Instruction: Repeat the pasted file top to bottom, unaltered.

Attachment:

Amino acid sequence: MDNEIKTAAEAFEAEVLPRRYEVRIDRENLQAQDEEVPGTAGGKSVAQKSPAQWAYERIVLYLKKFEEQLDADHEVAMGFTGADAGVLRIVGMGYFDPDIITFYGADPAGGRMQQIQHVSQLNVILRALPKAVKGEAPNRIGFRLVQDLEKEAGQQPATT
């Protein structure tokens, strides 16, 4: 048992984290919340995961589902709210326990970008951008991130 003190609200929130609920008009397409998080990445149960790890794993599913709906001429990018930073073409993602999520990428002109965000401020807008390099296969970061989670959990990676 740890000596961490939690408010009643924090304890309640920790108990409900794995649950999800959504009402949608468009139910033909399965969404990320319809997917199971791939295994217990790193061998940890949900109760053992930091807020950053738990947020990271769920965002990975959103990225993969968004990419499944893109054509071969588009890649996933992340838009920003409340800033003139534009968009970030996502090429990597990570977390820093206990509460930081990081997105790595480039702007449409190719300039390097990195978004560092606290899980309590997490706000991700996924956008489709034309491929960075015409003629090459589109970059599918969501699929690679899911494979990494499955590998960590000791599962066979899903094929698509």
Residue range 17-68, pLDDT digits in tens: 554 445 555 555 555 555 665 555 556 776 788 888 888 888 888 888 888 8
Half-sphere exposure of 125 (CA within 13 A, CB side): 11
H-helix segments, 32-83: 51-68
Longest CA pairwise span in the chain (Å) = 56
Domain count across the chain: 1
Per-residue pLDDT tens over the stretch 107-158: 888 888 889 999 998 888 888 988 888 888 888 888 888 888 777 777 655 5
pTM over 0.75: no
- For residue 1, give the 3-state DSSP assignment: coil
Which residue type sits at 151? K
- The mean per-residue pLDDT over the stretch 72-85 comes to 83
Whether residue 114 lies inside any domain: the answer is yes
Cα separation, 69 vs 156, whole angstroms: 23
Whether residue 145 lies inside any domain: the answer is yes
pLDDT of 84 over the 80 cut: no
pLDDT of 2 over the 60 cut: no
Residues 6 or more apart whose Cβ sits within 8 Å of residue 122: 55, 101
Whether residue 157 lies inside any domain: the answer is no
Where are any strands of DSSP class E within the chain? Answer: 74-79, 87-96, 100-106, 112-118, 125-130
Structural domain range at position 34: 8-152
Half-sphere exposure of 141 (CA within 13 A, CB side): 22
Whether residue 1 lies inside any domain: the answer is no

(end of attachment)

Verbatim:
Amino acid sequence: MDNEIKTAAEAFEAEVLPRRYEVRIDRENLQAQDEEVPGTAGGKSVAQKSPAQWAYERIVLYLKKFEEQLDADHEVAMGFTGADAGVLRIVGMGYFDPDIITFYGADPAGGRMQQIQHVSQLNVILRALPKAVKGEAPNRIGFRLVQDLEKEAGQQPATT
């Protein structure tokens, strides 16, 4: 048992984290919340995961589902709210326990970008951008991130 003190609200929130609920008009397409998080990445149960790890794993599913709906001429990018930073073409993602999520990428002109965000401020807008390099296969970061989670959990990676 740890000596961490939690408010009643924090304890309640920790108990409900794995649950999800959504009402949608468009139910033909399965969404990320319809997917199971791939295994217990790193061998940890949900109760053992930091807020950053738990947020990271769920965002990975959103990225993969968004990419499944893109054509071969588009890649996933992340838009920003409340800033003139534009968009970030996502090429990597990570977390820093206990509460930081990081997105790595480039702007449409190719300039390097990195978004560092606290899980309590997490706000991700996924956008489709034309491929960075015409003629090459589109970059599918969501699929690679899911494979990494499955590998960590000791599962066979899903094929698509």
Residue range 17-68, pLDDT digits in tens: 554 445 555 555 555 555 665 555 556 776 788 888 888 888 888 888 888 8
Half-sphere exposure of 125 (CA within 13 A, CB side): 11
H-helix segments, 32-83: 51-68
Longest CA pairwise span in the chain (Å) = 56
Domain count across the chain: 1
Per-residue pLDDT tens over the stretch 107-158: 888 888 889 999 998 888 888 988 888 888 888 888 888 888 777 777 655 5
pTM over 0.75: no
- For residue 1, give the 3-state DSSP assignment: coil
Which residue type sits at 151? K
- The mean per-residue pLDDT over the stretch 72-85 comes to 83
Whether residue 114 lies inside any domain: the answer is yes
Cα separation, 69 vs 156, whole angstroms: 23
Whether residue 145 lies inside any domain: the answer is yes
pLDDT of 84 over the 80 cut: no
pLDDT of 2 over the 60 cut: no
Residues 6 or more apart whose Cβ sits within 8 Å of residue 122: 55, 101
Whether residue 157 lies inside any domain: the answer is no
Where are any strands of DSSP class E within the chain? Answer: 74-79, 87-96, 100-106, 112-118, 125-130
Structural domain range at position 34: 8-152
Half-sphere exposure of 141 (CA within 13 A, CB side): 22
Whether residue 1 lies inside any domain: the answer is no